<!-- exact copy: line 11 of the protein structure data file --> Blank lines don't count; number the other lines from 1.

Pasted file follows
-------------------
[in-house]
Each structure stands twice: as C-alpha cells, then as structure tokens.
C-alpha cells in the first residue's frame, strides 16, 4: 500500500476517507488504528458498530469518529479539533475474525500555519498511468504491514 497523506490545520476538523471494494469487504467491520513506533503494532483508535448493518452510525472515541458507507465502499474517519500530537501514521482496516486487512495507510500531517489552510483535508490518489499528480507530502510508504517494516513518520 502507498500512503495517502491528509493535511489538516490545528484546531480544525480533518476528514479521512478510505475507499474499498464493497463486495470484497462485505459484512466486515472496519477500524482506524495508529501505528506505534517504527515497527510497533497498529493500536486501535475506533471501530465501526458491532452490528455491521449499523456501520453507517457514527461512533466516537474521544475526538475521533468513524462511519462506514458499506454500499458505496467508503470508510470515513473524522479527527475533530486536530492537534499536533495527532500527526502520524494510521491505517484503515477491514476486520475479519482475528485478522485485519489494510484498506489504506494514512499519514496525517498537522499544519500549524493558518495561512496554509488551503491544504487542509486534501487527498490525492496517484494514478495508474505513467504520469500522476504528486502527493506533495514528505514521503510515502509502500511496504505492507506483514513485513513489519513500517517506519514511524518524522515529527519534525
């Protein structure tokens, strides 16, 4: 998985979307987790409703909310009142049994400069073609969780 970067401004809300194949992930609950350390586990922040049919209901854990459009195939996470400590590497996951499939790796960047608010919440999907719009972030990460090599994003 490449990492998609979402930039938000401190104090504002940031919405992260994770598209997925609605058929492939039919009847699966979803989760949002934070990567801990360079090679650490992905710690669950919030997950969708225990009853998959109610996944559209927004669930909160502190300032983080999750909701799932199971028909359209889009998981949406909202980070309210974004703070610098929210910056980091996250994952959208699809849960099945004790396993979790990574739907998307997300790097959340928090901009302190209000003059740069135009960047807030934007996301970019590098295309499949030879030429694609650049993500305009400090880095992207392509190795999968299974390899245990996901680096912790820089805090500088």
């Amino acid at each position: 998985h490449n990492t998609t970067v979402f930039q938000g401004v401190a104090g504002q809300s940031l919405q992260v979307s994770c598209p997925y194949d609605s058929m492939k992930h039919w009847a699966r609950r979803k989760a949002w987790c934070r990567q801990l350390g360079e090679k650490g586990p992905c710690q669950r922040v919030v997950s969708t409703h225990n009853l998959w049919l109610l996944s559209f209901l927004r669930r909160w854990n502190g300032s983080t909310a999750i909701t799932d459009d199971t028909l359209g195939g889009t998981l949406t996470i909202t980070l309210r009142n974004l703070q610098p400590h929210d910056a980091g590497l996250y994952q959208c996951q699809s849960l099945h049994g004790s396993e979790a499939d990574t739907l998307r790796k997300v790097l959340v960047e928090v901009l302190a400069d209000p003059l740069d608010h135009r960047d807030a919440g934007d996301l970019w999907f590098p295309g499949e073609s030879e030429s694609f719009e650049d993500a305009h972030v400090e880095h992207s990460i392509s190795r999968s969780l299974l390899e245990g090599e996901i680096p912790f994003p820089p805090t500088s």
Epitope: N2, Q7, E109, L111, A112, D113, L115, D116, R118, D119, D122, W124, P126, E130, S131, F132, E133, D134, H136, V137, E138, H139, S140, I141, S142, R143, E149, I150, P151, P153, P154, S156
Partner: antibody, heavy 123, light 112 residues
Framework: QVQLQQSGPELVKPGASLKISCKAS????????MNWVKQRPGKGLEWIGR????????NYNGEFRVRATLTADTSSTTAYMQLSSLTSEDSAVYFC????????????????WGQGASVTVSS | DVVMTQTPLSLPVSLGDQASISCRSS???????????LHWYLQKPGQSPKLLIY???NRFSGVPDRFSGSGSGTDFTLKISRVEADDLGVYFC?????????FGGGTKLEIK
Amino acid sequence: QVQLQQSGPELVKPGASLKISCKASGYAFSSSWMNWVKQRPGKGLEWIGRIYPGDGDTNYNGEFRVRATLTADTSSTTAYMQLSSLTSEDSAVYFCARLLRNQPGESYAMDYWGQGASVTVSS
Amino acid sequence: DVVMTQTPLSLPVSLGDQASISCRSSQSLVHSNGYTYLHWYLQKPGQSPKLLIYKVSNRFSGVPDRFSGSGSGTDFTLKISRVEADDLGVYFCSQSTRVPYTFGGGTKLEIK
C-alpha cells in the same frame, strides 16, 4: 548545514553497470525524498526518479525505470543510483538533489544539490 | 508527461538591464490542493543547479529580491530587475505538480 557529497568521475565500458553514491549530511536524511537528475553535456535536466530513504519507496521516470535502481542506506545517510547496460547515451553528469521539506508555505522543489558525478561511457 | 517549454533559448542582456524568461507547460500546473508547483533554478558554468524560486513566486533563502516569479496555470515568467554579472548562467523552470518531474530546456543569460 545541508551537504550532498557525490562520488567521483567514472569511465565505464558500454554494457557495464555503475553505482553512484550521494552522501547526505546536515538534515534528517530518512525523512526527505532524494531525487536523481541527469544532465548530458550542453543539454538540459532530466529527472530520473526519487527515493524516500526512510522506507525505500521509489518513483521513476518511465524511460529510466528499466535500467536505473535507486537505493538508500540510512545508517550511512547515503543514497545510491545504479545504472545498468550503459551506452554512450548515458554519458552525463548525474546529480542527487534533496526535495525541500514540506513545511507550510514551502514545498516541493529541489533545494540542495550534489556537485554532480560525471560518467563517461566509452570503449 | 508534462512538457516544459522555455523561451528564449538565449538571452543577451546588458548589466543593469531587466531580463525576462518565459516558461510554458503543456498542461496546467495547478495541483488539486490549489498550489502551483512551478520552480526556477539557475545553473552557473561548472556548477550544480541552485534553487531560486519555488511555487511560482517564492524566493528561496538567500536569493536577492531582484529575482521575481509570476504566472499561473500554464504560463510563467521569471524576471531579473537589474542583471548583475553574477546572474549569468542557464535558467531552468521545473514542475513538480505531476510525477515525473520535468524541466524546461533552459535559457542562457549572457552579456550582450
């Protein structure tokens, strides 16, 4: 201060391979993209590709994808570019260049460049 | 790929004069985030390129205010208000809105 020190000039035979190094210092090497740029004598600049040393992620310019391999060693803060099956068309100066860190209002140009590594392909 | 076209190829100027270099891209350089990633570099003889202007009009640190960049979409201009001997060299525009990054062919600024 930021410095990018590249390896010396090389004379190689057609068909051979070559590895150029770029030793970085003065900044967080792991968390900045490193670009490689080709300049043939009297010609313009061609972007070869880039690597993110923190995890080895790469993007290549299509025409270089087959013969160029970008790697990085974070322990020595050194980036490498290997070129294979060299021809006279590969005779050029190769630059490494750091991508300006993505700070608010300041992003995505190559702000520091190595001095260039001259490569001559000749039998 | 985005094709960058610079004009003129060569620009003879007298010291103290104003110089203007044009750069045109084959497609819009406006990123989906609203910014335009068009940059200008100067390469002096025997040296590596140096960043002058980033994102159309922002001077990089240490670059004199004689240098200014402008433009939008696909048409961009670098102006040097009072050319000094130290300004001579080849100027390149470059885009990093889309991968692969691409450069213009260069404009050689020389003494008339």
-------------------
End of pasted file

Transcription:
C-alpha cells in the same frame, strides 16, 4: 548545514553497470525524498526518479525505470543510483538533489544539490 | 508527461538591464490542493543547479529580491530587475505538480 557529497568521475565500458553514491549530511536524511537528475553535456535536466530513504519507496521516470535502481542506506545517510547496460547515451553528469521539506508555505522543489558525478561511457 | 517549454533559448542582456524568461507547460500546473508547483533554478558554468524560486513566486533563502516569479496555470515568467554579472548562467523552470518531474530546456543569460 545541508551537504550532498557525490562520488567521483567514472569511465565505464558500454554494457557495464555503475553505482553512484550521494552522501547526505546536515538534515534528517530518512525523512526527505532524494531525487536523481541527469544532465548530458550542453543539454538540459532530466529527472530520473526519487527515493524516500526512510522506507525505500521509489518513483521513476518511465524511460529510466528499466535500467536505473535507486537505493538508500540510512545508517550511512547515503543514497545510491545504479545504472545498468550503459551506452554512450548515458554519458552525463548525474546529480542527487534533496526535495525541500514540506513545511507550510514551502514545498516541493529541489533545494540542495550534489556537485554532480560525471560518467563517461566509452570503449 | 508534462512538457516544459522555455523561451528564449538565449538571452543577451546588458548589466543593469531587466531580463525576462518565459516558461510554458503543456498542461496546467495547478495541483488539486490549489498550489502551483512551478520552480526556477539557475545553473552557473561548472556548477550544480541552485534553487531560486519555488511555487511560482517564492524566493528561496538567500536569493536577492531582484529575482521575481509570476504566472499561473500554464504560463510563467521569471524576471531579473537589474542583471548583475553574477546572474549569468542557464535558467531552468521545473514542475513538480505531476510525477515525473520535468524541466524546461533552459535559457542562457549572457552579456550582450